Saturday, April 25, 2015

A to Z Challenge: V is for Voice

Welcome to April. With its customary showers comes the Blogging from A to Z Challenge. For those who are unfamiliar with it:
The brainchild of Arlee Bird, at Tossing it Out, the A to Z Challenge is posting every day in April except Sundays (we get those off for good behavior.) And since there are 26 days, that matches the 26 letters of the alphabet. On April 1, blog about something that begins with the letter “A.” April 2 is “B,” April 3 is “C,” and so on. You can use a theme for the month or go random – just as long as it matches the letter of the alphabet for the day. (Source) 
The A to Z Challenge is a great way to get into the blogging habit and make new friends. For more details and its history, go HERE 

My theme this year is EDITING

I'll be posting practical advice for editing any story, novel, or other piece of writing. Editing is something most authors struggle with, and after years of doing my own as well as that of others, I have a pretty good eye for what needs work. I'll be doing short posts on editing topics and (hopefully) dispensing simple, valuable advice to help everyone out there self-edit.

V is for Voice

Yet another major problem for many writers: passive versus active voice. Passive voice makes your writing wordy and choppy and boring. Active voice will root your reader in your story and keep them there.

So what are these strange disembodied voices? How do we define them?

Active voice: The subject is acting directly, and the verb moves the sentence along. "John carried the books to the table."

Passive voice: The subject is being acted upon by something else, and the verb gets completely lost. "The books were carried by John to the table."

How to recognize passive voice:

1) Look for verb modifiers: "...was carried," "were carrying," etc.
2) Excessive wordiness: "something was done to someone by something else."
3) Excessive prepositions. "were carried by John," "was taken around the table by the boy..." etc.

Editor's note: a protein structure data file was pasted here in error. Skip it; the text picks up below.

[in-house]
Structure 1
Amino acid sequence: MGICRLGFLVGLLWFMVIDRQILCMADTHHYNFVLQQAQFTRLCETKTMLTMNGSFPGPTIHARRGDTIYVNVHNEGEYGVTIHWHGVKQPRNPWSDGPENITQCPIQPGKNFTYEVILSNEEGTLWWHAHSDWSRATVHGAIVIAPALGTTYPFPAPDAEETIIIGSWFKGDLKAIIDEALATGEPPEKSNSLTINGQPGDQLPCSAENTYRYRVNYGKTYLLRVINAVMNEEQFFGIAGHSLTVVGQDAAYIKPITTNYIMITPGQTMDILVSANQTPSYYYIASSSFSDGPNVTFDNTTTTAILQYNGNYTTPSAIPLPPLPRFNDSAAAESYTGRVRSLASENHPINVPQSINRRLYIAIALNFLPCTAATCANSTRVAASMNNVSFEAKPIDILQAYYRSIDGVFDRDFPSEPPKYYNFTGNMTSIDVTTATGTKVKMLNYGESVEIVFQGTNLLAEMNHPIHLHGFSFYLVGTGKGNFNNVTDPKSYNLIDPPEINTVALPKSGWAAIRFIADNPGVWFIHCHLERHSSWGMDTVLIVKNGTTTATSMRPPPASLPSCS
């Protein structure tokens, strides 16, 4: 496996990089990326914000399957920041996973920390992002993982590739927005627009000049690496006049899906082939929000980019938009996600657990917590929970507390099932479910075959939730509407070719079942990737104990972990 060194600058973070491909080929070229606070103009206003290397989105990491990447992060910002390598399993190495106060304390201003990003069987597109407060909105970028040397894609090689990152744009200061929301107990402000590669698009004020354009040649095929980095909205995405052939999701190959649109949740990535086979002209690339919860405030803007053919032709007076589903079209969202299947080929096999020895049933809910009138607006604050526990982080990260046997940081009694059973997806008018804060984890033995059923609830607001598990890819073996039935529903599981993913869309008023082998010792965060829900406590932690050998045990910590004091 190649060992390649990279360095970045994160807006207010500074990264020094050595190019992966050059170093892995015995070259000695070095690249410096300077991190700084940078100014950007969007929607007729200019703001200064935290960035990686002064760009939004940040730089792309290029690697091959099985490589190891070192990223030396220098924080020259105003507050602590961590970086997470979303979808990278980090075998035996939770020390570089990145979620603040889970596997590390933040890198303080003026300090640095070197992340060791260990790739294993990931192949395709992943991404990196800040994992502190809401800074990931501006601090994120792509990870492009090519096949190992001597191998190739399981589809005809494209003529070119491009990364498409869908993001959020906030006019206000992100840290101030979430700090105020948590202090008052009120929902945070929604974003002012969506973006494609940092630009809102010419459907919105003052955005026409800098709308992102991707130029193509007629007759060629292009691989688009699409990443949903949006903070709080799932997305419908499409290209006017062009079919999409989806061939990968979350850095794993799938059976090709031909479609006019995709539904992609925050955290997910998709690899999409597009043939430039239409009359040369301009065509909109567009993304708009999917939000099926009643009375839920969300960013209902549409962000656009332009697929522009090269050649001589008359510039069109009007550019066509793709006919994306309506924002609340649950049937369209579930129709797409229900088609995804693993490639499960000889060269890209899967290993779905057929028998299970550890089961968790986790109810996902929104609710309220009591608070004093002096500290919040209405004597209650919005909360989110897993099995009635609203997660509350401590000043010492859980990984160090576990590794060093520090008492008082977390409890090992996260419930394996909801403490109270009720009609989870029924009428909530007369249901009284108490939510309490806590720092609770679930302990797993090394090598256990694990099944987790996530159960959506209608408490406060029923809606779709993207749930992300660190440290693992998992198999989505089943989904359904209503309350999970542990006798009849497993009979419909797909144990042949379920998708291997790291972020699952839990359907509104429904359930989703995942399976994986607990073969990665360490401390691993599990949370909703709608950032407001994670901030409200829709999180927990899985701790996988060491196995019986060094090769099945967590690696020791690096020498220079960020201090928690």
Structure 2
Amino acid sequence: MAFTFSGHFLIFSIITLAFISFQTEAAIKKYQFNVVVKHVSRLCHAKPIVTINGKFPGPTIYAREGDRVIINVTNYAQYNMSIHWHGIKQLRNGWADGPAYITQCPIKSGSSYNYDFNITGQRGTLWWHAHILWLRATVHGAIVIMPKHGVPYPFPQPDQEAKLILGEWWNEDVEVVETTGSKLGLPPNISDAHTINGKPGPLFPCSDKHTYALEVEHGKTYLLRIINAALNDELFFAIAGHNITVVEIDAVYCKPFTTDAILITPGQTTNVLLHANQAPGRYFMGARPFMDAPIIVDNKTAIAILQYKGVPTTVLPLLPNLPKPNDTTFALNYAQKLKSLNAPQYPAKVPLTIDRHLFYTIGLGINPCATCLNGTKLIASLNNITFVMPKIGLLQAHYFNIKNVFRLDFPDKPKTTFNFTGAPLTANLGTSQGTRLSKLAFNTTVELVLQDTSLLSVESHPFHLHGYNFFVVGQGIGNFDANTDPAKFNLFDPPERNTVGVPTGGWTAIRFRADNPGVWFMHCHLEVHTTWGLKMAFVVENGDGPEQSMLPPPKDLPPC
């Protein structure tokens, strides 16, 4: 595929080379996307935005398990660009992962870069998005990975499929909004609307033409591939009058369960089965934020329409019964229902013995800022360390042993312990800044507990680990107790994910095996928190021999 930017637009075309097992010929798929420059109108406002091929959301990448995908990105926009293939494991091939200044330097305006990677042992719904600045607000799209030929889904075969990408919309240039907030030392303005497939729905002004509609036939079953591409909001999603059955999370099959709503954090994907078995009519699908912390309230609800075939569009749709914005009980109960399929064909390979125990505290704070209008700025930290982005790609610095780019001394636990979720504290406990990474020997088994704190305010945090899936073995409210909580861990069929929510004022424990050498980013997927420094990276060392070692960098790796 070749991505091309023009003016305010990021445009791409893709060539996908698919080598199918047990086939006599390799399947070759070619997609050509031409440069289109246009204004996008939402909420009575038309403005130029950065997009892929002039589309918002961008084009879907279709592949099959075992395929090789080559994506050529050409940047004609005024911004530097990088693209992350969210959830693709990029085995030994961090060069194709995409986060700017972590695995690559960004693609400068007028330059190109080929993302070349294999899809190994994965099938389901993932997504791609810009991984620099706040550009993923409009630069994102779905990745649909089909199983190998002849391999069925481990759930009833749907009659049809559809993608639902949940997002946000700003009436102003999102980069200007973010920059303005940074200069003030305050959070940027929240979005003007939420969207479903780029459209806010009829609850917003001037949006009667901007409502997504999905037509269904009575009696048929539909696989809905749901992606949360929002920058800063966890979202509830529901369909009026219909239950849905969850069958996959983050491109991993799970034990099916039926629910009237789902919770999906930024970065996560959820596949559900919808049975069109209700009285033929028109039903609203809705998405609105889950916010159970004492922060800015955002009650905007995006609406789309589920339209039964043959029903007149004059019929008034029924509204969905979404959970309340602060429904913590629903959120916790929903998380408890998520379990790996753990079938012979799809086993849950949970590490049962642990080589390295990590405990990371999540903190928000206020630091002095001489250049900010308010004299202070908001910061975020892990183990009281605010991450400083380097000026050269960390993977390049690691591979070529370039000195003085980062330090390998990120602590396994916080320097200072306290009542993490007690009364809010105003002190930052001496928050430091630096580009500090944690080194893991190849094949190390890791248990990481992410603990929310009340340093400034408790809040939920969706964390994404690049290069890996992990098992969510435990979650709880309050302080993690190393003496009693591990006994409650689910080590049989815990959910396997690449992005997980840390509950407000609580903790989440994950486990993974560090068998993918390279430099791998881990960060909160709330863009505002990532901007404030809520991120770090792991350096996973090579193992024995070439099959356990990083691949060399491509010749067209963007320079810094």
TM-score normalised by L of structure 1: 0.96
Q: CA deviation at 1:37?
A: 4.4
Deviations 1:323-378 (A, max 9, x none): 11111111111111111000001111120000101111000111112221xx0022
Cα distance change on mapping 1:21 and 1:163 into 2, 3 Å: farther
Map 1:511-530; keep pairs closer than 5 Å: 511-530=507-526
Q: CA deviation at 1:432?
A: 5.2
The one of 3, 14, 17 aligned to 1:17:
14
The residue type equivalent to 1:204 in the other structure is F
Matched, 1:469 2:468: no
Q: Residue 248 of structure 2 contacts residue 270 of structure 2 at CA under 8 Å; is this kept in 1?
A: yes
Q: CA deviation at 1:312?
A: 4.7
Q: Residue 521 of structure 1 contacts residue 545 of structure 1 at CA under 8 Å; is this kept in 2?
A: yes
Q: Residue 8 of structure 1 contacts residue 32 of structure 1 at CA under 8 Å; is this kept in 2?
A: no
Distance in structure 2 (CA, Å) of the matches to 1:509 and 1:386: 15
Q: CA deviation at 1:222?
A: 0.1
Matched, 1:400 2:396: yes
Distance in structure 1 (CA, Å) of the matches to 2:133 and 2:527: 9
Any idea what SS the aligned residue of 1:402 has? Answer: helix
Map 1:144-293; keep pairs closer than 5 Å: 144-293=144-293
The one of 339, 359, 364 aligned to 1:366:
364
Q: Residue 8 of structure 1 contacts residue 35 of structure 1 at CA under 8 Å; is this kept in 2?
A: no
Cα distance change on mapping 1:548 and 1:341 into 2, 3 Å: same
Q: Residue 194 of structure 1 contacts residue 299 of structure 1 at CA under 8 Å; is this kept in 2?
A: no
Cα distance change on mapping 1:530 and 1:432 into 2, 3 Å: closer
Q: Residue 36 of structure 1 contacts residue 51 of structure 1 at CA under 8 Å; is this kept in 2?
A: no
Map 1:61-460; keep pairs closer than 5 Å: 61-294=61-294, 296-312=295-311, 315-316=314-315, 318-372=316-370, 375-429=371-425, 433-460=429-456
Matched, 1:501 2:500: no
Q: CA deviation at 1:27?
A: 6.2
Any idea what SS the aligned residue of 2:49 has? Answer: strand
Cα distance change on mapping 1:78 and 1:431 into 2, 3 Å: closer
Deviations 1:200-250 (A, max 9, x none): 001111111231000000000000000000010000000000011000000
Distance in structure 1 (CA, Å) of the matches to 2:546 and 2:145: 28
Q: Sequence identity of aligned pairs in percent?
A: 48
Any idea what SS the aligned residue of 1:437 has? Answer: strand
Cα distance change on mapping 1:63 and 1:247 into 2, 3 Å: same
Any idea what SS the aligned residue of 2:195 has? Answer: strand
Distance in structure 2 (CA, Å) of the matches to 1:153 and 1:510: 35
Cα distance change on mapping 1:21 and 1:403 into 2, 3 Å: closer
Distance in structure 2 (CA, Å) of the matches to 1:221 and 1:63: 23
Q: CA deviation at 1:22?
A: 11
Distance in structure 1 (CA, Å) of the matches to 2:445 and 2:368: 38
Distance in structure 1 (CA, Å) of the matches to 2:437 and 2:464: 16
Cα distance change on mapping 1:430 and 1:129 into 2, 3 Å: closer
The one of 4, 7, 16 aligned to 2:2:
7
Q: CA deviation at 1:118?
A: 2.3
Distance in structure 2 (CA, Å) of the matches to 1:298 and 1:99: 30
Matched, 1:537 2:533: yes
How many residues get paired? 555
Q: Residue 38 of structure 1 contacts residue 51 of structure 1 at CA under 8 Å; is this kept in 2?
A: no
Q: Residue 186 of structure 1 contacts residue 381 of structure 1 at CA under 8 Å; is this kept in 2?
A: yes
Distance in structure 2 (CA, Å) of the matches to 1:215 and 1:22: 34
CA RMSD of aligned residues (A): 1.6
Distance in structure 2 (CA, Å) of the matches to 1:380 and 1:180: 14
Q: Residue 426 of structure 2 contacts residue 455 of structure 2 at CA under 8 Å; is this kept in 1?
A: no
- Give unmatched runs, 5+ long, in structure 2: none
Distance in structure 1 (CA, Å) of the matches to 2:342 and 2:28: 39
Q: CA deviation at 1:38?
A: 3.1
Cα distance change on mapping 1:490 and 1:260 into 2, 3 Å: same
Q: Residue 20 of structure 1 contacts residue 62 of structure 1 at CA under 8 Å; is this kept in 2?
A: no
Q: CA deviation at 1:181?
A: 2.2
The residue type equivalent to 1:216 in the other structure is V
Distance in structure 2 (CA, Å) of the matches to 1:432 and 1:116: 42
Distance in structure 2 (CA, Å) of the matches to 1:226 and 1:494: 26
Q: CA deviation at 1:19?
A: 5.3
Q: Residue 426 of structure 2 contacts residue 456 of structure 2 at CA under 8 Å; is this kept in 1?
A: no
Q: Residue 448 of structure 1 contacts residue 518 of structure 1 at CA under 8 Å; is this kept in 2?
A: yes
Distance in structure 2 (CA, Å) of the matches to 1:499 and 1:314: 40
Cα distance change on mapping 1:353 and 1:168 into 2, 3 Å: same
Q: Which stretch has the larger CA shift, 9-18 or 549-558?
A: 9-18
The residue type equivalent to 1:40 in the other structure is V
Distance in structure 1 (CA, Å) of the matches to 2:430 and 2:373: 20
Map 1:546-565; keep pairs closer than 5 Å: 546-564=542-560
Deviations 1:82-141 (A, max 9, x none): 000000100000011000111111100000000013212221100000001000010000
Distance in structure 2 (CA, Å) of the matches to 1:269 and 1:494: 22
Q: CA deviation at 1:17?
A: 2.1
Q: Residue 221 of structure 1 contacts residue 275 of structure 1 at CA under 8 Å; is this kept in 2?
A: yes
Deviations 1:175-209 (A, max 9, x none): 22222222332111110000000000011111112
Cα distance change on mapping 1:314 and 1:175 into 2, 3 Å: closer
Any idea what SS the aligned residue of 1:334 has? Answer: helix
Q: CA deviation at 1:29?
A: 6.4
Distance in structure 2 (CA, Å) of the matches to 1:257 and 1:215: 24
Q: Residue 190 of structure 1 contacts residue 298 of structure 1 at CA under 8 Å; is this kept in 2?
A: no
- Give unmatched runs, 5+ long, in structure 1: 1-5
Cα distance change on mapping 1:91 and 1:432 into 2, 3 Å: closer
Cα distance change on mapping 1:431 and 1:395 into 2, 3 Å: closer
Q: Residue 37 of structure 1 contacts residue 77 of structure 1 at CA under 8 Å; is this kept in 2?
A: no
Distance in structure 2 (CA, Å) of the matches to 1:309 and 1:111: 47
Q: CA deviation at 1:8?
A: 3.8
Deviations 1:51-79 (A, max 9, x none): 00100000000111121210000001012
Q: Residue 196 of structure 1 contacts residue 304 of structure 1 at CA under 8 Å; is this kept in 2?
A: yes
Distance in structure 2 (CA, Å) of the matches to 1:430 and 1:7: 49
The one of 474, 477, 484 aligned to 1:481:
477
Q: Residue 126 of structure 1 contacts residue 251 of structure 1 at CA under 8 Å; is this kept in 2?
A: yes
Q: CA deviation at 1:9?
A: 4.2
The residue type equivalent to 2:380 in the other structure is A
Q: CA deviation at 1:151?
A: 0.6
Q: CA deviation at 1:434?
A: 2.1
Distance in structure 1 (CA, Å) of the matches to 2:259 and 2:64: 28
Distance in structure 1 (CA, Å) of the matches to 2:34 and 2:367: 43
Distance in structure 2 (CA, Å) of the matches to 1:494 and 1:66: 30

We all want strong characters, right? So make the subjects of your sentences act upon the world around them, not the other way around. If you go through and change all instances of passive voice to active, you'll be amazed at how much more concise and professional your writing is.

How do you stay away from passive voice?


  1. I have a list of passive words such as was and were and I try to eliminate them whenever possible.

    1. Yup. I include them in my crutch words list, but many of them are really more passive than crutch. :D

  2. I don't know why, but this is something I always have to watch out for. In one sentence I will write. "Erick walked in." but a few paragraphs later I'll write, "As Erick was walking, he waved to..." Drives me crazy when I see I've done something like that.

    1. Yeah, we all do. Every writer in the history of the world has used passive voice and needs to edit it, whether they do or not. :D

  3. I'm currently editing a manuscript and I'm finding soooo many examples of passive voice it's embarassing. It seems to be just the way I write (at least it was at the time I wrote this particular piece).

    1. Yeah, I hear ya. I really think it's the no. 1 thing writers need to edit for. Especially newbies, so if you wrote your piece a while ago, completely understandable.